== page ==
The story of this pitiful jester, condemned to his hateful role (played, alas, all too skillfully) represents a new direction in opera. And after Rigoletto, the place of music in opera was so altered, the Italian musical stage would never be the same. And in his own operas from 1851 on—La TraviataSimon Boccanegra, Un Ballo in Maschera, Otello and Falstaff—Verdi continued to build on the revolutionary changes Rigoletto intro­duced, and the composers who followed have been forever in his debt.


by Gilbert R. Davis

Dr. Davis has contributed notes for Opera Grand Rapids’ productions for over 35 years.

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Winter Opera Schedule

Date/Time Event Venue/Location
Fri 11/10/2017
at 7:30 PM
The Student Prince – Sponsored by Mary Pillsbury The Skip Viragh Center for the Arts at Chaminade
Saint LouisMO
Fri 11/10/2017
at 7:30 PM
Winter Opera St. Louis – 2017-18 Season Subscription – FRIDAY The Skip Viragh Center for the Arts at Chaminade
Saint LouisMO
Sun 11/12/2017
at 3:00 PM
The Student Prince – Sponsored by Mary Pillsbury The Skip Viragh Center for the Arts at Chaminade
Saint LouisMO
Sun 11/12/2017
at 3:00 PM
Winter Opera St. Louis – 2017-18 Season Subscription – SUNDAY The Skip Viragh Center for the Arts at Chaminade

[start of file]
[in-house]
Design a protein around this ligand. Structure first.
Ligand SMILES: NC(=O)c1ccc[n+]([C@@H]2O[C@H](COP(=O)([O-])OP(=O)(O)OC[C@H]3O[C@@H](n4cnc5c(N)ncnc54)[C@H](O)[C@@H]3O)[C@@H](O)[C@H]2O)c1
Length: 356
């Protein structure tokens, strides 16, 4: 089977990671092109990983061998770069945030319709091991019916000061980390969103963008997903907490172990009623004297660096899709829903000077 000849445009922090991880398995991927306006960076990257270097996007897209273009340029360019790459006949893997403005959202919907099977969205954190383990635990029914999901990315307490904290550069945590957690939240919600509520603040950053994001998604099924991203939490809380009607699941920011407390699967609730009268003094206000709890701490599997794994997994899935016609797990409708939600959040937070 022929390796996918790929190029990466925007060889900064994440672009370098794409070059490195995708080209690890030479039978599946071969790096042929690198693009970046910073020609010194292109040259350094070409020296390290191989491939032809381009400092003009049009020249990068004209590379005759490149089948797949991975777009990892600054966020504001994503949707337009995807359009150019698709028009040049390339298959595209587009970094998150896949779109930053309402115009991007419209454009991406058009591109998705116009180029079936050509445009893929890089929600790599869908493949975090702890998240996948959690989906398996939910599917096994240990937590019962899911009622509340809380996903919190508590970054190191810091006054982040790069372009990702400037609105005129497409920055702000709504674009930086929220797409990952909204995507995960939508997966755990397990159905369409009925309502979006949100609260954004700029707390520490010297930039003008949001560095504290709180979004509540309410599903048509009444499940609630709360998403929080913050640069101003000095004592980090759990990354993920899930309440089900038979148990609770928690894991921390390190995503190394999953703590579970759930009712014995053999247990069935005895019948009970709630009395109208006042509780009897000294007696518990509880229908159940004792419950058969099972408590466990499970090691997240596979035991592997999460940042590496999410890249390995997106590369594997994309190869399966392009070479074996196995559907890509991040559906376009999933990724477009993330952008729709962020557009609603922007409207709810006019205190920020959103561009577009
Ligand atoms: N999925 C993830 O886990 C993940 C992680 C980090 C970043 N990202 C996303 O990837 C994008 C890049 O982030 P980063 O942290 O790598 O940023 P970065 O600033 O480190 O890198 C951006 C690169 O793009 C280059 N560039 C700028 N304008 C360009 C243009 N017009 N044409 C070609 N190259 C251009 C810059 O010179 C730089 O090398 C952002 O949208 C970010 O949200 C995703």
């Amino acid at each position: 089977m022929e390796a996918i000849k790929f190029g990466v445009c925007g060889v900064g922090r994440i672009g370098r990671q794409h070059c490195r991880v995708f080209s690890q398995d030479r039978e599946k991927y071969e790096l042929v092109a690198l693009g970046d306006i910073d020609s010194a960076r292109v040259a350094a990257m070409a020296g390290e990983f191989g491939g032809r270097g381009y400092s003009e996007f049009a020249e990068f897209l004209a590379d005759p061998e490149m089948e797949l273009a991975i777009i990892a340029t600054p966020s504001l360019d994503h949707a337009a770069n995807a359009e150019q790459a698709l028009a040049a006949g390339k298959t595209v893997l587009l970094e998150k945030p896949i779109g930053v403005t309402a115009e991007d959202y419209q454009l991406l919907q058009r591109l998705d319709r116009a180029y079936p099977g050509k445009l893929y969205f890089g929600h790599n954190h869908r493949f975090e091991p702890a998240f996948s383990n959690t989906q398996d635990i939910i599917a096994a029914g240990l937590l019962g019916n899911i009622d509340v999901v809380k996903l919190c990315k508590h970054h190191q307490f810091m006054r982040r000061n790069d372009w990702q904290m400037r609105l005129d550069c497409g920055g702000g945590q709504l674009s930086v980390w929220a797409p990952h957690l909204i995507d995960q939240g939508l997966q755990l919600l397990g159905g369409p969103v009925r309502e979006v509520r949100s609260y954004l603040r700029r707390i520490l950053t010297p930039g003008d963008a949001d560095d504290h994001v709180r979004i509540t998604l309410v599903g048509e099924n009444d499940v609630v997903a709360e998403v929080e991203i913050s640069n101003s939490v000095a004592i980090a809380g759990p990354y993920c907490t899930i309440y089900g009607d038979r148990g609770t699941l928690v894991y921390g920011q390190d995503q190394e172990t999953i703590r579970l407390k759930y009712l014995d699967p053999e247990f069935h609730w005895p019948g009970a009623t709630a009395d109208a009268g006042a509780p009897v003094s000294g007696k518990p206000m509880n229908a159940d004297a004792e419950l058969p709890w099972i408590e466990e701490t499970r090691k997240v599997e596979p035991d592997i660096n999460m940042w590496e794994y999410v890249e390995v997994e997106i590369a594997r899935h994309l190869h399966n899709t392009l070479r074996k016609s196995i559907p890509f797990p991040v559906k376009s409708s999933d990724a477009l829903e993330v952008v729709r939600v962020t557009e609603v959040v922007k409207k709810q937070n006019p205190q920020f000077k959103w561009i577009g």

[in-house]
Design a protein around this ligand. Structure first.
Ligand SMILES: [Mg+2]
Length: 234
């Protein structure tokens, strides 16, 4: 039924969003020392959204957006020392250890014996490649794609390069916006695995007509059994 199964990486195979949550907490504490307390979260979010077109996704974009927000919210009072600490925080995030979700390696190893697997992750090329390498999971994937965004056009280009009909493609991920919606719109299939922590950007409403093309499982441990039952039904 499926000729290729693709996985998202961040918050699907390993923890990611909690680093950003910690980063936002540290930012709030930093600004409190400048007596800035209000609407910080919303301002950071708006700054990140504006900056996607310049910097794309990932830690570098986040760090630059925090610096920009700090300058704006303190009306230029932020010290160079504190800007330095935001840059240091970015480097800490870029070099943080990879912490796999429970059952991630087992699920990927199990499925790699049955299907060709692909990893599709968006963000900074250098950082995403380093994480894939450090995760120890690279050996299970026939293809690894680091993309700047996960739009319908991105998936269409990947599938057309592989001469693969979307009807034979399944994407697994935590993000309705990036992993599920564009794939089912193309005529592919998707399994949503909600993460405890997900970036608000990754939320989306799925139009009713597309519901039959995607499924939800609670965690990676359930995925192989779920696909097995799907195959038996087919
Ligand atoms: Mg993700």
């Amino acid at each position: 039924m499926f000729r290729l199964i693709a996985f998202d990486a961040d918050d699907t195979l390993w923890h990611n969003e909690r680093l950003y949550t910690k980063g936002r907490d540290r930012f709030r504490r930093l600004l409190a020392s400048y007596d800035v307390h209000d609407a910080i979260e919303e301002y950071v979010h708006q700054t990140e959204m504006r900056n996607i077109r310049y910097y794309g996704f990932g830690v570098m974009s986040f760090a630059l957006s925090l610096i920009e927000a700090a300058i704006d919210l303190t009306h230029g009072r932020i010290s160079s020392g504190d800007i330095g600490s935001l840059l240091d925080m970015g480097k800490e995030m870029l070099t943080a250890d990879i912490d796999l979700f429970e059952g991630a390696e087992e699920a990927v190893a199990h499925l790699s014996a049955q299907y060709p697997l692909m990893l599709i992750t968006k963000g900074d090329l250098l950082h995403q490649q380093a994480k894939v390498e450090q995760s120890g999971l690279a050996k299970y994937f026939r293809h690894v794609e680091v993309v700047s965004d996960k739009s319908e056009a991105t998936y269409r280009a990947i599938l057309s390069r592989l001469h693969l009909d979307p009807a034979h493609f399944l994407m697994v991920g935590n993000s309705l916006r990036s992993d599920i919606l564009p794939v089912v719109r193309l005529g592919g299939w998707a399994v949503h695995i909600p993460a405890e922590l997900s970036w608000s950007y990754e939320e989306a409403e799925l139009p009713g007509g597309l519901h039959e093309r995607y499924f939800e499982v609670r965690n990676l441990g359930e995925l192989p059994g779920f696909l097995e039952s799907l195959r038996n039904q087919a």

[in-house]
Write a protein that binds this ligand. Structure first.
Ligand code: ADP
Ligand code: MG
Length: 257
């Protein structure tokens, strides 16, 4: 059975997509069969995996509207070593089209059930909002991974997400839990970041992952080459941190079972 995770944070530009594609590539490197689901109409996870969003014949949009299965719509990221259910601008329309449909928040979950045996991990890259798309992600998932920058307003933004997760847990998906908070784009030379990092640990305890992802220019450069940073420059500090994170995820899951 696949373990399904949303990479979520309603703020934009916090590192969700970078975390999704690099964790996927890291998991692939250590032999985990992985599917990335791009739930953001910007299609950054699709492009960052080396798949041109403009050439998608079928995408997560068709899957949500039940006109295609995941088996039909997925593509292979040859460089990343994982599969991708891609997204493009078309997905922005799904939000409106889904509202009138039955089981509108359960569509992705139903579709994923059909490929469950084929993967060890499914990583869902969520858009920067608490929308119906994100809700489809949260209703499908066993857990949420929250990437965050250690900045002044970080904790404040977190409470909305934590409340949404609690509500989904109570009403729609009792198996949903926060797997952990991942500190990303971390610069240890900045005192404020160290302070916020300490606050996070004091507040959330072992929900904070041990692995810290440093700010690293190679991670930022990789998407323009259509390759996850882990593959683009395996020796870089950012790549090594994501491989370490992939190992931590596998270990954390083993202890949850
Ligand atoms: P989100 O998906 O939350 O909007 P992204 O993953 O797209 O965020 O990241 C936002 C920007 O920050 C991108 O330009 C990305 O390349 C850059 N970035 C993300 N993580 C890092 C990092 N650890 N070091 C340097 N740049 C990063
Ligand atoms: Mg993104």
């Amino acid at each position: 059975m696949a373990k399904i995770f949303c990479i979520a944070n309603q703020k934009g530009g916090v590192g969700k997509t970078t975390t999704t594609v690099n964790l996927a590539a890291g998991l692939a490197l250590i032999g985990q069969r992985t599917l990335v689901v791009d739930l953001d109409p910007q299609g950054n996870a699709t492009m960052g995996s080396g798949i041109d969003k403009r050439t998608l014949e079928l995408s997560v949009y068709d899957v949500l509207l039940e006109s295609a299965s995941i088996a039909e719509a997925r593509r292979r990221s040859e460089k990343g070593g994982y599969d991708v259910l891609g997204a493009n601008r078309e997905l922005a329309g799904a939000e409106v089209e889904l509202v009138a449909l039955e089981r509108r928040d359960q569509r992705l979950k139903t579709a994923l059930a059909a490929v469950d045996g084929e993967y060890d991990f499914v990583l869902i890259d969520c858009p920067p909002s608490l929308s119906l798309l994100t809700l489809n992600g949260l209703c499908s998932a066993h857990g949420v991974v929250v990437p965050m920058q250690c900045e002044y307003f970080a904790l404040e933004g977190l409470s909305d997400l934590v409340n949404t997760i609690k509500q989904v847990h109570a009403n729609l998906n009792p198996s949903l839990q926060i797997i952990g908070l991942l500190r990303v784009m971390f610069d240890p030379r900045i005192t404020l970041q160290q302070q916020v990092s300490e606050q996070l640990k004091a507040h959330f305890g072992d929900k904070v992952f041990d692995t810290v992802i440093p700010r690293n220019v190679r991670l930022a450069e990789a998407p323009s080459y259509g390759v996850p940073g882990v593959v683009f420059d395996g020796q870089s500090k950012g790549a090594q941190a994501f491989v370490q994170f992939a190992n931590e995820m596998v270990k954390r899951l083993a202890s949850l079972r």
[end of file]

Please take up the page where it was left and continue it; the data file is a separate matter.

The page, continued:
Saint LouisMO
Tue 12/5/2017
at 7:00 PM
Holidays On The Hill Dominic’s on The Hill
Saint LouisMO
Wed 12/6/2017
at 7:00 PM
Holidays On The Hill Dominic’s on The Hill
Saint LouisMO
Fri 1/26/2018
at 7:30 PM
Les pecheurs de perles The Skip Viragh Center for the Arts at Chaminade
Saint LouisMO
Sun 1/28/2018
at 3:00 PM
Les pecheurs de perles The Skip Viragh Center for the Arts at Chaminade
Saint LouisMO
Sat 2/17/2018
at 11:00 AM
Royal Tea at the Ritz Ritz – Carlton St. Louis
St. Louis,
Fri 3/9/2018
at 7:30 PM
L’elisir d’amore – Sponsored by Nancy Pillsbu


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The Impresario Club is an exclusive club for donors of $2,500 or more. An Impresario is a patron who understands the importance of the arts and is a major financier and supporter. We could not maintain our season without you!

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Picasso’s Italy journey celebrated in Rome expo

In the frosty first months of 1917, Spanish master Pablo Picasso travelled to Italy in search of inspiration for the sets he was designing for the “Parade” ballet.

One hundred years on, a new exhibition in Rome celebrates that journey with 100 paintings, drawings, watercolours, sketches and stage costumes looking at how Italy and the Ballets Russes theatrical troupe inspired the artist.

“Picasso between Cubism and Neo-Classicism: 1915-1925” opens on Friday at the Quirinal Stables, but the highlight — an enormous work titled “Parade” — is going on show at the nearby Palazzo Barberini.